There are various reasons why new hires are not staying in Extension for long. If someone you are speaking with suggests that maintenance factors such as salary and work/life balance are issues (Harder, Gouldthorpe, & Goodwin, 2014; Strong & Harder, 2009), remind that person of the flexibility of the job and the many opportunities to be innovative and creative. Individuals are motivated by having a career that is stimulating and fulfilling (Harder et al., 2014). Emphasize the prospects for being promoted and receiving pay increases and the satisfaction that comes from making a difference in the lives of Extension clientele (Kroth & Peutz, 2010).
For those of us with many years of experience in Extension, attracting and retaining new educators are important parts of our role. We need to develop professional relationships and build trust with new educators. We need to continue to be ambassadors for and promoters of our communities, universities, and organization. We have spent the majority of our working careers in this field. If we cannot convince potential and new educators that they can have successful and rewarding careers in Extension, who can?
Arnold, A., & Place, N. (2010). What influences agents to pursue a career in Extension? Journal of Extension, 48(1), Article 1RIB1. Available at: https://www.joe.org/joe/2010february/rb1.php
Harder, A., Gouldthorpe, J., & Goodwin, J. (2014). Why work for Extension? An examination of job satisfaction and motivation in a statewide employee retention study. Journal of Extension, 52(3), Article 3FEA5. Available at: https://www.joe.org/joe/2014june/a5.php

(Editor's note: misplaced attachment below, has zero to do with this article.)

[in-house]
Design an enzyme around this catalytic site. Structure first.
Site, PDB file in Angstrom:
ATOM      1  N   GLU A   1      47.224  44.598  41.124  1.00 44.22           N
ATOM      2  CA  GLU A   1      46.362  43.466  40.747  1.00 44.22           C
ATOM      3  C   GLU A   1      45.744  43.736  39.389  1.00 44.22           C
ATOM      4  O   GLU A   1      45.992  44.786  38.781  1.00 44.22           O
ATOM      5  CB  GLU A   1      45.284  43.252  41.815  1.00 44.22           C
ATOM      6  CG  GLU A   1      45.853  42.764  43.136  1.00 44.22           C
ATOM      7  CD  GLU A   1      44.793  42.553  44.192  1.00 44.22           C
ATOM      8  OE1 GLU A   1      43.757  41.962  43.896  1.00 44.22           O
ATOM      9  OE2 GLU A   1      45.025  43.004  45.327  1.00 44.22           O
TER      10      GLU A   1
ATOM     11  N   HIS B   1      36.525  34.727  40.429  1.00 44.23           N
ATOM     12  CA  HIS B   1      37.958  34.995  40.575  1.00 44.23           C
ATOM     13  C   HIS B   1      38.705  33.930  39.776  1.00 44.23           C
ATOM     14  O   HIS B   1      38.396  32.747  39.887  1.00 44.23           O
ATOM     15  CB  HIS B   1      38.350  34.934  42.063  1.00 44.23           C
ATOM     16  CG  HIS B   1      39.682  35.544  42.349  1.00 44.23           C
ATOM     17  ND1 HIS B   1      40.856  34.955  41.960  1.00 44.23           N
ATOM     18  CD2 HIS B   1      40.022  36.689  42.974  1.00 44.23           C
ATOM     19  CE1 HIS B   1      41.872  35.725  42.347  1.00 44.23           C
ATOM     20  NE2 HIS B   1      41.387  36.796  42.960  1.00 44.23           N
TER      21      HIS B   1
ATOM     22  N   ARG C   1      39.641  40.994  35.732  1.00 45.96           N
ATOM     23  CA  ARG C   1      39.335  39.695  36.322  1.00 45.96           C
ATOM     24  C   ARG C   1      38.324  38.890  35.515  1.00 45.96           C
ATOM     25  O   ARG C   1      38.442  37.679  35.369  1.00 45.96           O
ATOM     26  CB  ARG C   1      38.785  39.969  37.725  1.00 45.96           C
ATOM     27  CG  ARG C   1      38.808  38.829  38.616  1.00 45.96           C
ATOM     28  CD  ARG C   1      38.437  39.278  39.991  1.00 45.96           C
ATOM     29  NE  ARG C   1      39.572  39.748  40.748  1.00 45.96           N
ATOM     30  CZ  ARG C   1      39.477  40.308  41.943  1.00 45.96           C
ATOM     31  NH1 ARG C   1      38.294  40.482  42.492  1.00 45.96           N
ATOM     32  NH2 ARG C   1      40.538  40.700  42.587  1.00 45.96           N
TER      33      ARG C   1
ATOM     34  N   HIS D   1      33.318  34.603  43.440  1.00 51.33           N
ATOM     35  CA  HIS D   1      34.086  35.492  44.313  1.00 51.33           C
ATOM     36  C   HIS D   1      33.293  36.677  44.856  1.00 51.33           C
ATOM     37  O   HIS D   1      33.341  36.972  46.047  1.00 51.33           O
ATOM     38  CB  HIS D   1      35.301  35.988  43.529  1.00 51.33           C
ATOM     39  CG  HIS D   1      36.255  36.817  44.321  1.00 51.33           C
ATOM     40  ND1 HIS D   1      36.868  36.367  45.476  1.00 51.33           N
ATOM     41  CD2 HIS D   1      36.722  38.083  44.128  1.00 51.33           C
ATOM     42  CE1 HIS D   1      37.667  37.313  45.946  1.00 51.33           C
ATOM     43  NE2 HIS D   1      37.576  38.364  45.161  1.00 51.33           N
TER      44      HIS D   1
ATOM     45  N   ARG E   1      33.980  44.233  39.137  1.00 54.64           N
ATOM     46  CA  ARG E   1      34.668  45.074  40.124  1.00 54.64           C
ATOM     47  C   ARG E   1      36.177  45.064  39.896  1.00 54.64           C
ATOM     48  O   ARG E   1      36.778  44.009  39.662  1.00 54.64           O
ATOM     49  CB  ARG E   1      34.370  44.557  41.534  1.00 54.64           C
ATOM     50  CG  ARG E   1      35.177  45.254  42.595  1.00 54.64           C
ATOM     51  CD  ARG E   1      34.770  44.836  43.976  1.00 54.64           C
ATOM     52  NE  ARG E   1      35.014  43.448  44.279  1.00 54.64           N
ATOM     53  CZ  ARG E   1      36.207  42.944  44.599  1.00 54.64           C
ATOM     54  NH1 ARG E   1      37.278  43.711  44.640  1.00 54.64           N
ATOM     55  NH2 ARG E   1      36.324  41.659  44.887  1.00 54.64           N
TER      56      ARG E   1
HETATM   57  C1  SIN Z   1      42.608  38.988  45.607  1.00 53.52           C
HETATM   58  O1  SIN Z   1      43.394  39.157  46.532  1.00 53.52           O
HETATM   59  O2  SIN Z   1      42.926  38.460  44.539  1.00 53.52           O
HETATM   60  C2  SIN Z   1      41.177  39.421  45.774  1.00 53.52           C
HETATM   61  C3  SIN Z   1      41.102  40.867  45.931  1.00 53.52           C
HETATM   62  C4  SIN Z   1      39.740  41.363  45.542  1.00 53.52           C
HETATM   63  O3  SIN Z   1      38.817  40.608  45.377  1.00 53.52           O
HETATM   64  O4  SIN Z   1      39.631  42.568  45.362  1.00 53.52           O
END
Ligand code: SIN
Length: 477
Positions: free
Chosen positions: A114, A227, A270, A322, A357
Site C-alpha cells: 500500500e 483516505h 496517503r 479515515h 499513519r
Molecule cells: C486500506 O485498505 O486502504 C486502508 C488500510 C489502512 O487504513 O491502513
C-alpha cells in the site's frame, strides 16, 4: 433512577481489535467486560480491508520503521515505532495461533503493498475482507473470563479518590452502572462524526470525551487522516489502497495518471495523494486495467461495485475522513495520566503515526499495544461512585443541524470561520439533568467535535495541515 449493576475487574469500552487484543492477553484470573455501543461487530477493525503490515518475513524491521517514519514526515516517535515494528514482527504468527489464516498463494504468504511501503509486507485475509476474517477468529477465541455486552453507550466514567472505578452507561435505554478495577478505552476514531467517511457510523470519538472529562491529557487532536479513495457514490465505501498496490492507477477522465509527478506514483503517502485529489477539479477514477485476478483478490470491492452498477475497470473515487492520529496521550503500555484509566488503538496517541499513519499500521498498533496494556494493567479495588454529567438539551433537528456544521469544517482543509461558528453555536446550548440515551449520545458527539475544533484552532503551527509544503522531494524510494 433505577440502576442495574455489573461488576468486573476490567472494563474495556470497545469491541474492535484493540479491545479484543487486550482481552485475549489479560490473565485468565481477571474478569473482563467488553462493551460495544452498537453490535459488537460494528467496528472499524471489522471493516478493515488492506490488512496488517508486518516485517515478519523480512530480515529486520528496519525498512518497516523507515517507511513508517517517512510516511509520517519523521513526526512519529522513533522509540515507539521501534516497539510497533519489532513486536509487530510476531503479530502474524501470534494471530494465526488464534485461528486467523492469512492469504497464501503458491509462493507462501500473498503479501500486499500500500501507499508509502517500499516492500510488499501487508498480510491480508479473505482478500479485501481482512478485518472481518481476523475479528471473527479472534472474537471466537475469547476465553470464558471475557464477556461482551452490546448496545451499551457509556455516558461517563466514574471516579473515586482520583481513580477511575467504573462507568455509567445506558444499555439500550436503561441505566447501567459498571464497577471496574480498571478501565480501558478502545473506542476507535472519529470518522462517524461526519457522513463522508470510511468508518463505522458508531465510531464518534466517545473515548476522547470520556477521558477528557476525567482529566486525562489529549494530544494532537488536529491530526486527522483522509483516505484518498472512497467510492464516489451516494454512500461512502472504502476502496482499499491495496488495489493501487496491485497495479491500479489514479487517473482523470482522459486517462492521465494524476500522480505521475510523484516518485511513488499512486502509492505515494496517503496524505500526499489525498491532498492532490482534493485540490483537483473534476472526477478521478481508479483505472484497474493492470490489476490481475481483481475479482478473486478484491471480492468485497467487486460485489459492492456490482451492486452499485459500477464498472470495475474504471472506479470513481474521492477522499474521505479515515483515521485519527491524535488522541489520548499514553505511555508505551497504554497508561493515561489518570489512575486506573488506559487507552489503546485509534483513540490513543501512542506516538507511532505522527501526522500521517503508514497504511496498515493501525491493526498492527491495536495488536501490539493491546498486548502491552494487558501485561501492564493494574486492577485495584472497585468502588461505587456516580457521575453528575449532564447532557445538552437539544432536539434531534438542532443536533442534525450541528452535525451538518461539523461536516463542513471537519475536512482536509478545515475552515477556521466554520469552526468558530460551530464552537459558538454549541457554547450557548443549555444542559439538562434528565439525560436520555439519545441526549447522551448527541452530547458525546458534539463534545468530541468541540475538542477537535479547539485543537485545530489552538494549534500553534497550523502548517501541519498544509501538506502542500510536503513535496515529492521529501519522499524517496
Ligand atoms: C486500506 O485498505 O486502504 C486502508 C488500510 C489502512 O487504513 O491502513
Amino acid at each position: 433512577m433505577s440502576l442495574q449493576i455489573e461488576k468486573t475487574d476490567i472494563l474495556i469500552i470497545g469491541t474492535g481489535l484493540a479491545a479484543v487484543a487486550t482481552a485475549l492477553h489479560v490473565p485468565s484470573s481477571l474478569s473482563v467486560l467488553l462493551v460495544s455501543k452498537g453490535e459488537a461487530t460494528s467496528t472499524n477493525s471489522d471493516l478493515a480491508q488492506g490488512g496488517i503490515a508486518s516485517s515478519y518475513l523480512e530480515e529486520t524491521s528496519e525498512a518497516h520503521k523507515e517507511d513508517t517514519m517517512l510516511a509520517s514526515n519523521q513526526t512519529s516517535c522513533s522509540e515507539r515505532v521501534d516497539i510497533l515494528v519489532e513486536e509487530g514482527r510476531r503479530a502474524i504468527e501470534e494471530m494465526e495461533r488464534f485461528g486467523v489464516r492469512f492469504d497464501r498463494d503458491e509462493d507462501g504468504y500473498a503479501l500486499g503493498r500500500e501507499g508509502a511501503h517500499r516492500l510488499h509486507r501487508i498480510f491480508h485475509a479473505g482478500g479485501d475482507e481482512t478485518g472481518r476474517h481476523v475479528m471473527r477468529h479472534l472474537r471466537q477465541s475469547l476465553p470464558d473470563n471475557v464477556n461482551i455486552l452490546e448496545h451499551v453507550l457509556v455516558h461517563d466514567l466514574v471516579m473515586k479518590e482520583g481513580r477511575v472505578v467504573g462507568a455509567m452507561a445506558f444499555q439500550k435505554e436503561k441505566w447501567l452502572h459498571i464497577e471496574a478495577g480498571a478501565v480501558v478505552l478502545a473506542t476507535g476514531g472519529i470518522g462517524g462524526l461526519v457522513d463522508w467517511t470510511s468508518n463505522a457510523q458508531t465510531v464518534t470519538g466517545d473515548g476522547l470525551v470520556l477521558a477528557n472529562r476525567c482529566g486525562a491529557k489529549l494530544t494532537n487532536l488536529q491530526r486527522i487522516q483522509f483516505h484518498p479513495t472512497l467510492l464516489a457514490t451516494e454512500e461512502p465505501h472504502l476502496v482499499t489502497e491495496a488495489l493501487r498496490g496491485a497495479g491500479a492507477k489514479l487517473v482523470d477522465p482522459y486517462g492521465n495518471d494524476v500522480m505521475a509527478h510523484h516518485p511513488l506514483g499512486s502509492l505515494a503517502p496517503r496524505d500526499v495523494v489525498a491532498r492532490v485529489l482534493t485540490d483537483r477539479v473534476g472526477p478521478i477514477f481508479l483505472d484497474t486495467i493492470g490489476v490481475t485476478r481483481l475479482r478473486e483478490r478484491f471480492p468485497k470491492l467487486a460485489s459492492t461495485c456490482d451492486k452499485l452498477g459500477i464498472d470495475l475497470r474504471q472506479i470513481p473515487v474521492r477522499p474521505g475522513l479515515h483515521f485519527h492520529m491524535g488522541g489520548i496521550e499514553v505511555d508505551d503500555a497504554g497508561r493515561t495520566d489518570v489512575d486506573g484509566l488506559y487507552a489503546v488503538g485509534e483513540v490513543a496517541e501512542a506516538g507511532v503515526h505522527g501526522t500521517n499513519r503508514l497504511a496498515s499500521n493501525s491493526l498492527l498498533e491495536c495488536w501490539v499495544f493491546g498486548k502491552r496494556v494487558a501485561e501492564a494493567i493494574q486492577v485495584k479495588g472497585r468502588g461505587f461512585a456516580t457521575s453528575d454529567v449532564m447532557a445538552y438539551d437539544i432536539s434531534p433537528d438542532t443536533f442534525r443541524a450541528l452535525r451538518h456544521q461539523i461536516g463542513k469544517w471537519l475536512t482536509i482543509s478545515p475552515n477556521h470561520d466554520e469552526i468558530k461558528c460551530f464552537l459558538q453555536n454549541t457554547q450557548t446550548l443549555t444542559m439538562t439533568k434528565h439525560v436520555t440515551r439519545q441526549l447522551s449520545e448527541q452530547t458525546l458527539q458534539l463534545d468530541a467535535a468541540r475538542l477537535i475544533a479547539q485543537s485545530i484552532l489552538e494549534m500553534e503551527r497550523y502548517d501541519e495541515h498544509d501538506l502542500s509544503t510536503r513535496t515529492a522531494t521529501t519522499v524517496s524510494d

Kroth, K., & Peutz, J. (2010). Workplace issues in Extension. Journal of Extension, 48(1), Article 1RIB2. Available at: http://www.joe.org/joe/2010february/rb2.php
Safrit, R. D., & Owen, M. B. (2010). A conceptual model for retaining county Extension program professionals. Journal of Extension, 48(2), Article 2FEA2. Available at: http://www.joe.org/joe/2010april/a2.php
Strong, R., & Harder, A. (2009). Implications of maintenance and motivation factors on Extension agent turnover. Journal of Extension, 47(1), Article 1FEA2. Available at: https://www.joe.org/joe/2009february/a2.php
Young, J. A., Stone, J., Aliaga, O., & Shuck, B. (2013). Job embeddedness theory: Can it help explain employee retention among Extension agents? Journal of Extension, 51(4), Article 4FEA7. Available at: http://www.joe.org/joe/2013august/a7.php
Views expressed in this Commentary and the accompanying discussion forum do not necessarily reflect those of the Extension Journal Inc. board of directors or the Journal of Extension editor. Journal of Extension Commentary discussion forums remain open through two issues of the journal. Anonymous comments are not permitted. All comments are screened before publication for derogatory content—disagreement is acceptable, but comments should reflect a respectful exchange about the relevant issue(s).